Three Shades of Interpreting

01/03/2013 13:46

The 2nd Student Conference on Inter-American Studies took place on February 16 and 17, 2013. If you by any chance happened to miss the whole spectacle with 17 speakers coming from 13 countries, be sure that the Perspectives team was there and is now bringing you the exclusive scoop.

Speaking for myself, I attended the conference on both days, Friday and Saturday, as an interpreter. Therefore, for me the event was mostly stressful. Here are some harsh truths I learned for my future:

 

1. Speakers have their own show

I’m sure there are many wonderful lecturers out there, but if you interpret, it seems you somehow always end up listening to the most monotone and boring speaker in the world. But don’t despair. A good dose of adrenaline pumping in your veins will help you through that. The real trouble though is “The Speedy”:

 

                          

Not this one, of course!

I mean any speaker talking or mostly reading very fast – in that case, just don’t panic! You miss every other sentence. So what? You interpret what you heard and make sure you use proper language and finish your sentences. If you are confident enough, nobody will ever notice (if they don’t speak the language of course, otherwise it might be awkward).

 

2. Be careful who and what you bring to the interpreter's booth

Firstly, let's talk about the who, i.e. your colleague. It should be someone you trust because when in a booth, you are a team. Preferably, choose a same-sex partner. Your audience will be less sensitive to a change of same-sex voices.  And they won’t be asking why is that woman japping so much...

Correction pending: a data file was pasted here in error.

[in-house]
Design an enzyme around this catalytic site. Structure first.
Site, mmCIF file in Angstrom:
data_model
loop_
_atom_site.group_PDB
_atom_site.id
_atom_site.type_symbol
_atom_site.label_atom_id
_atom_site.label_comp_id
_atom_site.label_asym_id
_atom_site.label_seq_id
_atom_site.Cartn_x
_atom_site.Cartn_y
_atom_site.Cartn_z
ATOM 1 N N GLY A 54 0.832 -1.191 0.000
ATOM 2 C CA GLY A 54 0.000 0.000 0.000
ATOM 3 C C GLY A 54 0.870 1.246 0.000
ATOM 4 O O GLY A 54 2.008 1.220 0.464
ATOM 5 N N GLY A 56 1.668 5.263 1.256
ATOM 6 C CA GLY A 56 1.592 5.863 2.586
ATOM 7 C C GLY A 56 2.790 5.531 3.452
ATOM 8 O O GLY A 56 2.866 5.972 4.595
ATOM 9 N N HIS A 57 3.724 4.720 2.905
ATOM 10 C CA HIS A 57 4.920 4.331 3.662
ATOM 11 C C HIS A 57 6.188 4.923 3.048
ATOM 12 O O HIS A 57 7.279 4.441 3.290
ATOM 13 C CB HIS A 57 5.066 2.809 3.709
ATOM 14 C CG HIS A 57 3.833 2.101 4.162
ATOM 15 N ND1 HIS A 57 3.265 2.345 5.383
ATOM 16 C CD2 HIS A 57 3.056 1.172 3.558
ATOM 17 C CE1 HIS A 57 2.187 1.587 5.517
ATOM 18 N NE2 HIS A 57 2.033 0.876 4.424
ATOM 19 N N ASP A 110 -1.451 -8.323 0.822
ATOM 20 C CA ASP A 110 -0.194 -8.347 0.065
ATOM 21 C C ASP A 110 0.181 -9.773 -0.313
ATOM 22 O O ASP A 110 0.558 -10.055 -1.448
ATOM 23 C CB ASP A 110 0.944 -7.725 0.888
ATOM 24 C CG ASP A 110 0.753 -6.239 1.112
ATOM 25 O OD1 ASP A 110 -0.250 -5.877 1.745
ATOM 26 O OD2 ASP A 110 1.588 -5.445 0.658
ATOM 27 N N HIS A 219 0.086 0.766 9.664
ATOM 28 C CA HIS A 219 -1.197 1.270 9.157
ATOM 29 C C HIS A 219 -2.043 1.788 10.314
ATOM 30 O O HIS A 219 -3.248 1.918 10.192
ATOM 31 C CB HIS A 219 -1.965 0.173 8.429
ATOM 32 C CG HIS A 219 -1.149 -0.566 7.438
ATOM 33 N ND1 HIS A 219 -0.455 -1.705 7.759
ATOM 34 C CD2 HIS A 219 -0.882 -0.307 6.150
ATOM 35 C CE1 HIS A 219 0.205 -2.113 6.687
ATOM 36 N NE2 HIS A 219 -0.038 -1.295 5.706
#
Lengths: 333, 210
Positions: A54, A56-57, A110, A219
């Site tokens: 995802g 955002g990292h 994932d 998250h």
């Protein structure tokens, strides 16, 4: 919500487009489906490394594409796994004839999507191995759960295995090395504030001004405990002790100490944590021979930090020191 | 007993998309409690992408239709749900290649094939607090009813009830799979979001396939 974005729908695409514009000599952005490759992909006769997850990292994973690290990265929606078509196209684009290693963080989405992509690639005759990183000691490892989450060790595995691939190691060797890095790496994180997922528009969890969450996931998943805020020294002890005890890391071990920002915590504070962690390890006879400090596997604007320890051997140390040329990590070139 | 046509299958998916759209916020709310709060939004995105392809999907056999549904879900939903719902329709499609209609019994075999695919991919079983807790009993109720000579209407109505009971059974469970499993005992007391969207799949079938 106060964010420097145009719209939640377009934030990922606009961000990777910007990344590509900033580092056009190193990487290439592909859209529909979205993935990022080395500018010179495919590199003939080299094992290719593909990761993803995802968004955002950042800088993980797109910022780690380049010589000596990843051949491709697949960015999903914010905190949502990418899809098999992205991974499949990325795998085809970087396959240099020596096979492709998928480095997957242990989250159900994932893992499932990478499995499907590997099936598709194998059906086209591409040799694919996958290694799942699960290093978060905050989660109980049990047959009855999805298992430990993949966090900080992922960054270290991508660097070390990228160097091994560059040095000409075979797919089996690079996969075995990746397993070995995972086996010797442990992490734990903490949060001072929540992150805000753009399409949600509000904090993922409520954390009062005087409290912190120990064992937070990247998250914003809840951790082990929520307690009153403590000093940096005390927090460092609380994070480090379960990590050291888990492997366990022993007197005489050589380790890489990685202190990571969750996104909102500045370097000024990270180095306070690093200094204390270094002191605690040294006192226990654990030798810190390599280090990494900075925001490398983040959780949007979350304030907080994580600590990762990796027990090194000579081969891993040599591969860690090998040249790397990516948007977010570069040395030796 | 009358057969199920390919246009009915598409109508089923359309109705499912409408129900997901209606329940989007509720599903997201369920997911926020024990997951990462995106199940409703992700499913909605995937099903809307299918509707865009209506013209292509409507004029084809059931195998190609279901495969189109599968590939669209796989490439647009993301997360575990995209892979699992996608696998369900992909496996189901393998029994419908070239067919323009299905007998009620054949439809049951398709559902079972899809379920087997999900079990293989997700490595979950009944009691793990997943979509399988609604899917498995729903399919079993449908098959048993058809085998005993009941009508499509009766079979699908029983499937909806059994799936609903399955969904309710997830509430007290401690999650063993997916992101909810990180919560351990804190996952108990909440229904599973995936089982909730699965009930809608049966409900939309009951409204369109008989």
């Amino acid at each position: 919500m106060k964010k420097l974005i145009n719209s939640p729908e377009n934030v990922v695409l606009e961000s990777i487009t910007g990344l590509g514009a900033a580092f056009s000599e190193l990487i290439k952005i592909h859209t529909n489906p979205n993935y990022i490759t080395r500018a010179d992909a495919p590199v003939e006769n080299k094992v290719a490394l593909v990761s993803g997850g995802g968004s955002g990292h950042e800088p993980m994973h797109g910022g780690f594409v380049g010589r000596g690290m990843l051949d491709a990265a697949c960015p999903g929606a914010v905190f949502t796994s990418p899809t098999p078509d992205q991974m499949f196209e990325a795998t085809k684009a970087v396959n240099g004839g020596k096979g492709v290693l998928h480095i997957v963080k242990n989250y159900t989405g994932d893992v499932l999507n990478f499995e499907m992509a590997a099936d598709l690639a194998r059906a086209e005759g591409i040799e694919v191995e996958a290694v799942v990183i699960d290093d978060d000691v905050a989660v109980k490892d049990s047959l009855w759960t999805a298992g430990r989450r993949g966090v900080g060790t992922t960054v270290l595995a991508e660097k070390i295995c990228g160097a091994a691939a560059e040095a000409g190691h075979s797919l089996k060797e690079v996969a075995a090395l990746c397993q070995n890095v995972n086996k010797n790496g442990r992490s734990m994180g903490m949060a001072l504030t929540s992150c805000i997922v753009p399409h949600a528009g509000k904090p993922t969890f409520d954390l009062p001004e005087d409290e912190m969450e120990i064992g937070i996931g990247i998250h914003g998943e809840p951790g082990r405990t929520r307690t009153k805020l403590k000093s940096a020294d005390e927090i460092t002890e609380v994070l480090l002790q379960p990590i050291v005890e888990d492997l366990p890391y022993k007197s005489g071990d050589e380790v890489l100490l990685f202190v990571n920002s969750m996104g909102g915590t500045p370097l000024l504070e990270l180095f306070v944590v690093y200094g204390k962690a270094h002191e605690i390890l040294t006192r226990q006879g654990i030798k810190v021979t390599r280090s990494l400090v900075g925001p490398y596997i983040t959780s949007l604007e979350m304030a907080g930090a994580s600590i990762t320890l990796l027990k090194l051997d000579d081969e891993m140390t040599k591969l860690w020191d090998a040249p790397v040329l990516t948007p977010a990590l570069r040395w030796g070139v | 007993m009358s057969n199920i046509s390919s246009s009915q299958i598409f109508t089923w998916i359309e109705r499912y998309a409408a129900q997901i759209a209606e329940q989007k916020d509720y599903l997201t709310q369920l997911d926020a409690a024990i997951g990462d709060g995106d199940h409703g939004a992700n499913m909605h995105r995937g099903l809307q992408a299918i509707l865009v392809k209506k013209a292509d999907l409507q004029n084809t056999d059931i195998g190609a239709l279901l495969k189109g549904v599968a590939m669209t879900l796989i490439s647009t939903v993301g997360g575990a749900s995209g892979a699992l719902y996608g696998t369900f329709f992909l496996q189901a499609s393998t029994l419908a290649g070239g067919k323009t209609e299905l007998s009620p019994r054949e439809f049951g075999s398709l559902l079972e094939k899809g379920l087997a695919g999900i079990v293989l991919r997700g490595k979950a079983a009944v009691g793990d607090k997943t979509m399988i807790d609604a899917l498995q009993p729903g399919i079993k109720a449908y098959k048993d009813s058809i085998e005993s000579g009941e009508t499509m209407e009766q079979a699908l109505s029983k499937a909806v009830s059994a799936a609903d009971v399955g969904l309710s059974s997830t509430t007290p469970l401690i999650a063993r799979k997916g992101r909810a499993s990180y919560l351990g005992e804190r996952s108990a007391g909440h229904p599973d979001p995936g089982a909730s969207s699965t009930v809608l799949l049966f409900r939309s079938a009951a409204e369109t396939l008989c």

Secondly, the what concerns mostly ladies. The booth is very small. Consequently, I felt claustrophobic even without all the equipment crammed inside. Nevertheless, I simply had to bring 2 notebooks, my phone, some paper, my notes, vocab sheets to get my hands on, a bottle of water, a lip balm, some sweets and an energy drink. You don’t need all this for mere 2 hours of interpreting! And also beware of jingle bells – most earrings, bracelets and watches picked up by a microphone sound like a Santa’s sledge!

No, sure! Bring even more stuff in!

by courtesy of Lucia Kopačiková and Eva Majerčiaková

3. You’re no God!

Sorry for crushing your ego, but seriously, you are not almighty. If the speaker didn’t inform you about the theme of his lecture beforehand, you cannot know every special term he uses. If he talks too quickly, you won’t interpret every word. And if he doesn’t use a microphone or is turned away from it, you just won’t hear him. Be prepared that interpreting is also about improvising and thinking on your feet. Just stay polite or use “the mute button” to exchange a few curse words with your trusted colleague.

   

That was a great speech!

 Photo: Katarína Koreňová

Exactly, well done!

 Photo: Katarína Koreňová

C’mon guys! Just wink and smile!

 by courtesy of Lucia Kopačiková and Zuzana Marková

School is important, but you learn so much more in real life. I hope you get lucky enough to try it next time!

 

Eva Majerčiaková

 

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